The Cretaceous Period, extending from 145 to 66 million years ago, featured some of the most visually striking dinosaurs we know of, including the terrifying Dakotaraptor and the exceedingly horny Kosmoceratops. Its oceans were also populated by some truly bizarre aquatic creatures, including Rhinconichthys. As a new study published in Cretaceous Research details, this ancient bony fish had a gaping jaw that opened like a parachute canopy unfurling in the wind.
Although this genus of sea-dwelling animal was already known to paleontologists, fossil finds are incredibly rare. In fact, before now only one distinct species was known, initially identified from a site in England in 2010. This study brings the total number of species up to three, which reveals that these highly-specialized fish were globally distributed.
The two new family members were found in modern-day Colorado and Hokkaido, Japan. The latter was previously, erroneously identified as the same species as the original fossil specimen, but this study concludes that it’s a distinct species. The Colorado specimen is particularly noteworthy, as it extends the range of the genus to the Cretaceous-age Western Hemisphere.
“This tells just how little we still know about the biodiversity of organisms through the Earth's history,” Kenshu Shimada, a paleobiologist at DePaul University and one of the authors of the study, said in a statement. “It's really mindboggling.”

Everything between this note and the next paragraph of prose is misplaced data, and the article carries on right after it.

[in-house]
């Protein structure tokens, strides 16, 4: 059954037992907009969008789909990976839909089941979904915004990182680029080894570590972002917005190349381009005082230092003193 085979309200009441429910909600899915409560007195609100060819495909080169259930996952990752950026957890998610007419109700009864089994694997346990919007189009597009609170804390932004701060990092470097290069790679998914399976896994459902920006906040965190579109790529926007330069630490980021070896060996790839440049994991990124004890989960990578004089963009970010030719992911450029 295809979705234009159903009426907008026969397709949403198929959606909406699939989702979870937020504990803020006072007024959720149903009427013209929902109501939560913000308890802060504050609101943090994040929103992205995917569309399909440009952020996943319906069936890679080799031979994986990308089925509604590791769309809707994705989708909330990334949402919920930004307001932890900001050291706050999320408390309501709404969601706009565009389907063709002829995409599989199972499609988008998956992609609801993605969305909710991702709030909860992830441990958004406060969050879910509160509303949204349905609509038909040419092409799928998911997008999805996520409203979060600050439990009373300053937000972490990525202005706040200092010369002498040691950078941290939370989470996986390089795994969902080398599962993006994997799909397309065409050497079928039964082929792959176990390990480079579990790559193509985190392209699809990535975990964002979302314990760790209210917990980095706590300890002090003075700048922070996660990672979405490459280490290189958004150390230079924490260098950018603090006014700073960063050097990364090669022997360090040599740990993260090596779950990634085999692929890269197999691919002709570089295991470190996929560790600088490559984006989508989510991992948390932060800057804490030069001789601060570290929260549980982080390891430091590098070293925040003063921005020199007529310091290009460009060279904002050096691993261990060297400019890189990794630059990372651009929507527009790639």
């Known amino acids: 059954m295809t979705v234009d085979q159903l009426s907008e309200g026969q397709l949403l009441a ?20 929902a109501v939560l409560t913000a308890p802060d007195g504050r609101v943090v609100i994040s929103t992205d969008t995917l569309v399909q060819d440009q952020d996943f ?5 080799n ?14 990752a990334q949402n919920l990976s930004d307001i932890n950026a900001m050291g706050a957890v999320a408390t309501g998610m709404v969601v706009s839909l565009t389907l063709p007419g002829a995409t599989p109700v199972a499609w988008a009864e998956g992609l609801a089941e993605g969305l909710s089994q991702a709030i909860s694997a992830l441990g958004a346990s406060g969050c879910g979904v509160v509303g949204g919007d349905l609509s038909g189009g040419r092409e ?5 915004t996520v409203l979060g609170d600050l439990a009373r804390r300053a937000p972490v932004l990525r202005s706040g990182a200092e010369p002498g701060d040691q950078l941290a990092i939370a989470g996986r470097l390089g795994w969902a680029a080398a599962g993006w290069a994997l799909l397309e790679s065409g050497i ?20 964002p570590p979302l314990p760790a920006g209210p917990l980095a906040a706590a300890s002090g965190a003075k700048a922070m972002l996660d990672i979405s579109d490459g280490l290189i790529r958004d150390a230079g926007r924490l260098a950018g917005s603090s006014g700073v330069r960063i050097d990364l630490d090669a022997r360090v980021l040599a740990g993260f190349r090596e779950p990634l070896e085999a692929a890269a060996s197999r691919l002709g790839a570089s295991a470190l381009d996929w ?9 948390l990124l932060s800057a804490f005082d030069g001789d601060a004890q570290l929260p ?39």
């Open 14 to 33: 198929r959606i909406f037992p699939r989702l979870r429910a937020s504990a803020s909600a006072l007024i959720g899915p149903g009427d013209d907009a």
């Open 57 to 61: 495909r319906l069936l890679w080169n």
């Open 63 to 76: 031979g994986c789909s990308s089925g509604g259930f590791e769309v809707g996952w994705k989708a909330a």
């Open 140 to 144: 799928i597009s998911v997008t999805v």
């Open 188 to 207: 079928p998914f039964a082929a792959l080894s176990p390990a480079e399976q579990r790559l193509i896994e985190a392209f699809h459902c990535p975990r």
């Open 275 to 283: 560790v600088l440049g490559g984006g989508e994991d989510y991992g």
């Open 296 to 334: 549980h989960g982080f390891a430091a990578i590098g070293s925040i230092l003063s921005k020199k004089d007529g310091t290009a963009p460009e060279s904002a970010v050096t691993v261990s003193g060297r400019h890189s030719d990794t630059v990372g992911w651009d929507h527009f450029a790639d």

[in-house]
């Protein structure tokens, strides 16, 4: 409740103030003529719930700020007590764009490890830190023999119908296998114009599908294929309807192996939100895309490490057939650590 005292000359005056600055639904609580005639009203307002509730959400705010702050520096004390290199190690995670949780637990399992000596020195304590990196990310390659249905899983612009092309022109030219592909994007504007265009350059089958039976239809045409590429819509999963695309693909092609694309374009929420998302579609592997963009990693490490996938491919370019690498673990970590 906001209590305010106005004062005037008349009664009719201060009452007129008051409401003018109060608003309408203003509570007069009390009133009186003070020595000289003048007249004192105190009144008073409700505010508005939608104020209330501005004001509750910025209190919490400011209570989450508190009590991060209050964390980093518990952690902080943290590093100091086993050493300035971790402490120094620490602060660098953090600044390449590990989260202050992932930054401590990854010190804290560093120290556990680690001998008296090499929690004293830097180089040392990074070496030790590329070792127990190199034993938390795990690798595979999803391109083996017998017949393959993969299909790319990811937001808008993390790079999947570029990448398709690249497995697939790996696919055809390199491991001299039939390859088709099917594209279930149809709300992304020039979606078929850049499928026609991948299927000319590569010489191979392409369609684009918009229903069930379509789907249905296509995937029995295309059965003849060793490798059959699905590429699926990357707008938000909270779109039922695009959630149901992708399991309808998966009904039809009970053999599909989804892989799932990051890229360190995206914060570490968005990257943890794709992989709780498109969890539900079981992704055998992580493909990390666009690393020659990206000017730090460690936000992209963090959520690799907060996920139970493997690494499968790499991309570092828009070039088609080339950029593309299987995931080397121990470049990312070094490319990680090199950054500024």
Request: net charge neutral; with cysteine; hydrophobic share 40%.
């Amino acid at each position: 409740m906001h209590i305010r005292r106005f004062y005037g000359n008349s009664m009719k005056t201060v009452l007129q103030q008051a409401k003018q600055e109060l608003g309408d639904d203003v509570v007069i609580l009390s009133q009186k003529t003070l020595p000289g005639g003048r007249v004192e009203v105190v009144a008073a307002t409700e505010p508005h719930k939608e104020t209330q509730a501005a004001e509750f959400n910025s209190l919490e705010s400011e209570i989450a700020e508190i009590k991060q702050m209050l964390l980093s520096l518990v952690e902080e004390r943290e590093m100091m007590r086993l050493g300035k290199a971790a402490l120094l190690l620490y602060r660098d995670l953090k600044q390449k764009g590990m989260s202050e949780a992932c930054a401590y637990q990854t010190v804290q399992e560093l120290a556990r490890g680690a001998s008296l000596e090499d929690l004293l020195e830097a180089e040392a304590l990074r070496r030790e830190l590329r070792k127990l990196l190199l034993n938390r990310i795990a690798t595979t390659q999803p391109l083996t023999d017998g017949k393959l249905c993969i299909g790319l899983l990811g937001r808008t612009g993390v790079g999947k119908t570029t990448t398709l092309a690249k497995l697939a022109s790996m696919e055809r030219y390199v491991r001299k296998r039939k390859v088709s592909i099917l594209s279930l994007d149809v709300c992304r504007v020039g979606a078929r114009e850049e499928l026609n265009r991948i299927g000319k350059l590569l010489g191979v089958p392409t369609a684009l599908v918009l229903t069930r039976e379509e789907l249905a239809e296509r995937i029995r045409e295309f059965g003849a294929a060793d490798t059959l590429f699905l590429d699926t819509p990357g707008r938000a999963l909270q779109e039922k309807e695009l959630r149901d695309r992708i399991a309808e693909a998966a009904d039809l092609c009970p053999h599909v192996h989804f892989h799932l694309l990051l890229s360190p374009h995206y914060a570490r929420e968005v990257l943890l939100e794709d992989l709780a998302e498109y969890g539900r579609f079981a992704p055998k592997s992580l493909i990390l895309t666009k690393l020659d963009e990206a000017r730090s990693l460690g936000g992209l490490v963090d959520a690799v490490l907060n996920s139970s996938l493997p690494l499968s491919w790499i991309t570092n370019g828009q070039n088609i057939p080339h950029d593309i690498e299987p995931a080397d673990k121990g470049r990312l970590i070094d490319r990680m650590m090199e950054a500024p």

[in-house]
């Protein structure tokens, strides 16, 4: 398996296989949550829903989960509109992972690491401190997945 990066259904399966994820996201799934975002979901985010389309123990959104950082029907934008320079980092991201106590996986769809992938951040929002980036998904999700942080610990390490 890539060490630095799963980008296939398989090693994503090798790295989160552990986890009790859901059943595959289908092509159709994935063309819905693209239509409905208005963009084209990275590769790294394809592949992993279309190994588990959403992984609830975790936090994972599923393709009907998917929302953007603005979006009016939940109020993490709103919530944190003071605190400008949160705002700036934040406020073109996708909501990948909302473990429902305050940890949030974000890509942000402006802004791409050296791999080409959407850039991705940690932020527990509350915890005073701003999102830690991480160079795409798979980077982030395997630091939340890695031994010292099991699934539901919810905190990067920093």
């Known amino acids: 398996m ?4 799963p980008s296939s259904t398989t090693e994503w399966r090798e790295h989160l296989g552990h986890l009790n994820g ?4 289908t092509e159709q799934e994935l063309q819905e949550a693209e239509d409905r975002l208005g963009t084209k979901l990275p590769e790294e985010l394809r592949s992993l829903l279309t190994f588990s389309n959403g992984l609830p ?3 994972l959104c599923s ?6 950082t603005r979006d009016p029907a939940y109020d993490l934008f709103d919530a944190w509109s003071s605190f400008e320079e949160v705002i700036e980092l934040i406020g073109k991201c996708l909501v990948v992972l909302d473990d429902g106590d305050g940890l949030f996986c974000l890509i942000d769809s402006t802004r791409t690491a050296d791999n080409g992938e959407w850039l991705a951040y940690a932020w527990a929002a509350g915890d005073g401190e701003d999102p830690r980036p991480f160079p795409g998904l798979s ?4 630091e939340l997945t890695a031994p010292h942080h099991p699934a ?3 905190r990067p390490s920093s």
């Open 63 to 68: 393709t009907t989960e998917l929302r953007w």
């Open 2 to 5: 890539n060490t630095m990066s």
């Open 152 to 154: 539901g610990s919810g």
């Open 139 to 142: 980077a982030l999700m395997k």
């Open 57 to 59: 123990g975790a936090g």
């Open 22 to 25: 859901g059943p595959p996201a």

Each had their own unique physical characteristics, but all three Rhinconichthys species used the same feeding method that whale sharks, basking sharks, and manta rays use today: suspension feeding. This involves using a mouth-based apparatus to trap and consume nutritious matter or prey floating in the water, which in many cases includes plankton.
A modern whale shark feeds in the same way as the ancient Rhinconichthys did. Rich Carey/Shutterstock
Rhinconichthys was incredibly well-adapted to feed this way: It had a cavernous mouth that could swing wide open, thanks to a pair of bones called hyomandibulae that formed an oar-shaped lever. This adaptation meant that their upper and lower jaw could extend from being essentially parallel to almost at right angles to each other when the mouth was fully opened, allowing the fish to feed on vast amounts of plankton in one go.
In fact, it’s likely that these bizarre-looking, 92-million-year-old beasts spent most of their days swimming around with their mouth fully open. Curiously, unlike many modern suspension feeders, they had fairly large eyes; these were more likely used to look out for larger predators than for spotting plankton in the water.
Unfortunately, although the skulls of these fish have been fairly well preserved, the rest of their bodies haven’t been. This means that much of the anatomy of Rhinconichthys can only be inferred from related species, including its size. For example, the English specimen was smaller than the other two, suggesting that it was perhaps a juvenile, whereas the Japanese and American fossils were adults. With this in mind, the authors estimate that a fully-grown adult Rhinconichthys could have grown up to 2.7 meters (8.9 feet) in length.
Rhinconichthys belonged to a group of fish named pachycormids, which became extinct along with the non-avian dinosaurs at the end of the Cretaceous.